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Here's a little bit of information about some of the recent films I've had the honour of scoring...

10 Dollar Death Trip:

Inside the fentanyl crisis


With the world fighting a deadly pandemic, another heartbreaking public health crisis is raging in North America.  A new synthetic drug is killing more than gun crime, homicide and car accidents combined.

100 times stronger than heroin, the deadly opioid fentanyl is cheap, potent and small enough to send in the post. These market forces have seen it replacing the heroin supply, spreading unprecedented death, destruction and misery. And, like all epidemics, it is spreading fast.

The death toll has disproportionately affected the homeless and marginalised. And now, due to its strength and low cost, the drug is also starting to appear in party drugs, such as cocaine and cannabis – with fatal results.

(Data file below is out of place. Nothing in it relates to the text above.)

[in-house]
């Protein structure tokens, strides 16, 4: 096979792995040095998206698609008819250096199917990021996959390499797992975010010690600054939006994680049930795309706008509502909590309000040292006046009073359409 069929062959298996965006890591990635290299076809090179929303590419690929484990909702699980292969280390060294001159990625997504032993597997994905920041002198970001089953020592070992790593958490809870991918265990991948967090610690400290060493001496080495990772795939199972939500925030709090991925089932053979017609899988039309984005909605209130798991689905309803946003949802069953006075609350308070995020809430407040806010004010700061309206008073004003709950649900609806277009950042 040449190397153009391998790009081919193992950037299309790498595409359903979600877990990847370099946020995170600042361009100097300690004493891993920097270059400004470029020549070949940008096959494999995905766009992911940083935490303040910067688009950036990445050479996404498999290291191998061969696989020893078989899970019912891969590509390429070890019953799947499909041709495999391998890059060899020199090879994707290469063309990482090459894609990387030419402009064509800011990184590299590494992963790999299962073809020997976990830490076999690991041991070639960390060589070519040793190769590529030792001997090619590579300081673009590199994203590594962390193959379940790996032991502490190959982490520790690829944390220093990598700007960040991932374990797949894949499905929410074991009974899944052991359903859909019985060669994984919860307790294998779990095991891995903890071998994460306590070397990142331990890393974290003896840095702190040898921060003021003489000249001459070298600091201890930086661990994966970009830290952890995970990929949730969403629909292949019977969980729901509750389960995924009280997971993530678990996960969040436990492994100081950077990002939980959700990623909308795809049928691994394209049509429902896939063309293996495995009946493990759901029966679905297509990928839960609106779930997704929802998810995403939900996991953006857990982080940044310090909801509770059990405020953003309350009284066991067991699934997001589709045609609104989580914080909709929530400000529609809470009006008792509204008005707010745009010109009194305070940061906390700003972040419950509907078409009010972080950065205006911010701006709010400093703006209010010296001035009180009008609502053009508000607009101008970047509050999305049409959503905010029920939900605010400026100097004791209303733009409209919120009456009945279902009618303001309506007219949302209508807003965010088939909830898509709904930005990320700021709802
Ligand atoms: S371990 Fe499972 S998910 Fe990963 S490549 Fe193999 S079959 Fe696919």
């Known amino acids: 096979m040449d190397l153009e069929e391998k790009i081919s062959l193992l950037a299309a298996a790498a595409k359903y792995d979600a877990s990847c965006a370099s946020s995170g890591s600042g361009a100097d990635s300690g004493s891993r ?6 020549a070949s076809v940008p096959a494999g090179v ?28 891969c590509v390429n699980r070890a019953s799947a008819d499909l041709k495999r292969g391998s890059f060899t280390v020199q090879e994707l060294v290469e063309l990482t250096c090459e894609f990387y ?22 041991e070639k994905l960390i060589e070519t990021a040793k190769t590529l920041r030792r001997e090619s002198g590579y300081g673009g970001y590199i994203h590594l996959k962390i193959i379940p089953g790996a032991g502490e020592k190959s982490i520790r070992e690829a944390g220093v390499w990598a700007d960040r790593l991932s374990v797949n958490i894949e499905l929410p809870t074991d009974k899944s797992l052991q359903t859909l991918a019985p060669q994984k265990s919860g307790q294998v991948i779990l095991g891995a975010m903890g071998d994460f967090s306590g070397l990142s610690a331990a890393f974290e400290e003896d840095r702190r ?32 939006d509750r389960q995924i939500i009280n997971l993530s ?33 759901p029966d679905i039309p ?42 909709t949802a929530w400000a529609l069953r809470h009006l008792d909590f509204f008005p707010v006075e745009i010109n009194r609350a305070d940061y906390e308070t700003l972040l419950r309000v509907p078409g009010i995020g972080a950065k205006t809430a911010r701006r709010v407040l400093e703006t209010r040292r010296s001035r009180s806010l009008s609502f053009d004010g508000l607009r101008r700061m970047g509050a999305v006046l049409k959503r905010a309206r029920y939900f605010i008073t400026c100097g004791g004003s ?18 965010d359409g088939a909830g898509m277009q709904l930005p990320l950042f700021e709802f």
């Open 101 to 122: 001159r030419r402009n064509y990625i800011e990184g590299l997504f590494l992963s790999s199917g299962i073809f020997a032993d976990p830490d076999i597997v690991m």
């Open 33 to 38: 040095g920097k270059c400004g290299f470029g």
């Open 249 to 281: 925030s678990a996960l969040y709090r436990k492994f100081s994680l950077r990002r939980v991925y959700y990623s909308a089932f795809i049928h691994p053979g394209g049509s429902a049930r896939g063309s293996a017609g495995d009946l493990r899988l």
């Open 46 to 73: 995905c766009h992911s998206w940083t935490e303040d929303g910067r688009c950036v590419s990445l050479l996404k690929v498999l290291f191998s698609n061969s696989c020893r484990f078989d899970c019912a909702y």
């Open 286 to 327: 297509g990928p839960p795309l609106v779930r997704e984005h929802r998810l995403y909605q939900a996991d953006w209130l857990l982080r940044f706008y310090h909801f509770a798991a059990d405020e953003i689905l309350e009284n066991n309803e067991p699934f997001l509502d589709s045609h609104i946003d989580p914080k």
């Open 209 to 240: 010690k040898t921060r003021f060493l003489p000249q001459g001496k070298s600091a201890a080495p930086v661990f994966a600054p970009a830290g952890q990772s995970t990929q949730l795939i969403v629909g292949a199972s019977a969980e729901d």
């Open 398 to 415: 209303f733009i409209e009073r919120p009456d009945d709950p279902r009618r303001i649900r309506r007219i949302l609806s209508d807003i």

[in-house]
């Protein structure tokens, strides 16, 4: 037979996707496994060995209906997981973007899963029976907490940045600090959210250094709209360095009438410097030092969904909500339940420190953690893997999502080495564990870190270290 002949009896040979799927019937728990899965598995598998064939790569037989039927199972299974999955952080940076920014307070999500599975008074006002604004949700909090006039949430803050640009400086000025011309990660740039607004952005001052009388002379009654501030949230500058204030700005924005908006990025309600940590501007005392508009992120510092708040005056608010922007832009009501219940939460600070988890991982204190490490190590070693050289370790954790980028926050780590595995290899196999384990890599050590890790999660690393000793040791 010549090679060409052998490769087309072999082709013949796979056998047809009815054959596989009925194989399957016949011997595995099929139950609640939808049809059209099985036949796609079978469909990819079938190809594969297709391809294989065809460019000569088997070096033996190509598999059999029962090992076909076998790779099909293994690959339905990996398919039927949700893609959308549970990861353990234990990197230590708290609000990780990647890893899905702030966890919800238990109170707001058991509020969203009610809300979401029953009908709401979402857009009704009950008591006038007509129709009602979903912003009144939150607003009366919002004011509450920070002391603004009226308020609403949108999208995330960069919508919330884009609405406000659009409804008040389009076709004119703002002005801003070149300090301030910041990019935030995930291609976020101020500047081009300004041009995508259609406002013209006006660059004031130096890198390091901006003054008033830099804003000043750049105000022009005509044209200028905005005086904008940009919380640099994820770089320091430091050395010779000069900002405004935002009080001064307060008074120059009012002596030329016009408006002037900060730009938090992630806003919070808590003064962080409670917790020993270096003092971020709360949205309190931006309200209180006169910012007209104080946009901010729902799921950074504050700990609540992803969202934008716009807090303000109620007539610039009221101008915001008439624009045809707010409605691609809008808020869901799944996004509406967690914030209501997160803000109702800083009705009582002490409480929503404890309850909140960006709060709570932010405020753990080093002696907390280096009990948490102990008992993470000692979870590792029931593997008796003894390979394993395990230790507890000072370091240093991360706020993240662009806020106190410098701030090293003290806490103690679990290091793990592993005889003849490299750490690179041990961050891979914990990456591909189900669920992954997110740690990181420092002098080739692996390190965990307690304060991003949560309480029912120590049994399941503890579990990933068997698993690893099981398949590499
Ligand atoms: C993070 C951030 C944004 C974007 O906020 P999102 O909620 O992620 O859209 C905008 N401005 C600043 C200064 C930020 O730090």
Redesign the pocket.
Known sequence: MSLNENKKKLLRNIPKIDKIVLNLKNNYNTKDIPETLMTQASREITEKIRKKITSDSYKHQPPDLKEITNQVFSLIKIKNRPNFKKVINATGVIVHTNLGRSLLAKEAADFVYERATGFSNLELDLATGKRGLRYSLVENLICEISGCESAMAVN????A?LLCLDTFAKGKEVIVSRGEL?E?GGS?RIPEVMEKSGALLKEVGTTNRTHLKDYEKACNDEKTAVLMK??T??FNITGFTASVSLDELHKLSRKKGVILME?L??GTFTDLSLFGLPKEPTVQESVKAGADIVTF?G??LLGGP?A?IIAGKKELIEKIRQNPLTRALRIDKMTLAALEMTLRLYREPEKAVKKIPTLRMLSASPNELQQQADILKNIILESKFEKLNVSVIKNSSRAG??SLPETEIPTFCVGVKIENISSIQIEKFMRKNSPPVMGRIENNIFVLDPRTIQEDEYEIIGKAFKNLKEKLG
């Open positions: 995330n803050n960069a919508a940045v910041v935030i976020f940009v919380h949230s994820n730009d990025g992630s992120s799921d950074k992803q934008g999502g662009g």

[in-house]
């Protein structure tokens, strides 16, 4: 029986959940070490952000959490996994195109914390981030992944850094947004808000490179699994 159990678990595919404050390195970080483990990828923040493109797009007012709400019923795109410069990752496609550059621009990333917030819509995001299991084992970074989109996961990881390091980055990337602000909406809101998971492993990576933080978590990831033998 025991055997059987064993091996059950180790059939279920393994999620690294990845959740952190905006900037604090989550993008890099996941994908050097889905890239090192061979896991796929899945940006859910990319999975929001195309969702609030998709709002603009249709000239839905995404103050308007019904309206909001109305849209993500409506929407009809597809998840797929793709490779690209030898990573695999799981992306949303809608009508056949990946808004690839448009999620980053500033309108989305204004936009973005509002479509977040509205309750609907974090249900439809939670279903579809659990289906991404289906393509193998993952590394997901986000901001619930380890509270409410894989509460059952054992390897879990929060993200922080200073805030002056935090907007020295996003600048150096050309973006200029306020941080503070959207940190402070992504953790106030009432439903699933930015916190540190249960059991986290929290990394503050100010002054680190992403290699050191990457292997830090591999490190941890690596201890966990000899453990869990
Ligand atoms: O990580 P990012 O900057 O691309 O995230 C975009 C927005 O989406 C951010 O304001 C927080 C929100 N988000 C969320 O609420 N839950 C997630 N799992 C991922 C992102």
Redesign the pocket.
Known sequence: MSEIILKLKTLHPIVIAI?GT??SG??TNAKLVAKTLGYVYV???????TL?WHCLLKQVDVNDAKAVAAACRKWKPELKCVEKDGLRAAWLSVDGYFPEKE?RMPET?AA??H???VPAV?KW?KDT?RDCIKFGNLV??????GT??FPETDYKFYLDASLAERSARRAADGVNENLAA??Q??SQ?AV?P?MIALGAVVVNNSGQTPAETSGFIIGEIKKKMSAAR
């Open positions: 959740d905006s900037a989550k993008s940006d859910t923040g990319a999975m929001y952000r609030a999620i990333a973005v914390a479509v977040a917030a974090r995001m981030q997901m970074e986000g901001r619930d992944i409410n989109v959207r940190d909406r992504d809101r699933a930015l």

We travel to Vancouver, the epicentre of the fentanyl epidemic to meet with health care workers, activists, fentanyl dealers and people who use it.

We learn of radical initiatives to fight back against a toxic drug supply and ask what the world should expect if the fentanyl epidemic spreads outside of North America.

Half a Million Steps



Why does Australia have seven times as many overdose deaths as Portugal, a country which has decriminalised drugs and instead views addiction as a health issue?

One day an Australian church decided enough was enough. They embarked on a pilgrimage to promote the decriminalisation of personal use for all drugs. In doing so they became the first church in the world to publicly campaign on such an issue.

In Half A Million Steps we follow 100 activists– all with a personal or professional connection to the issue - as they walk 400km, from the small outback town of Dubbo, to deliver a letter to Parliament House in Sydney (the distance a Dubbo resident would have to travel to receive drug treatment).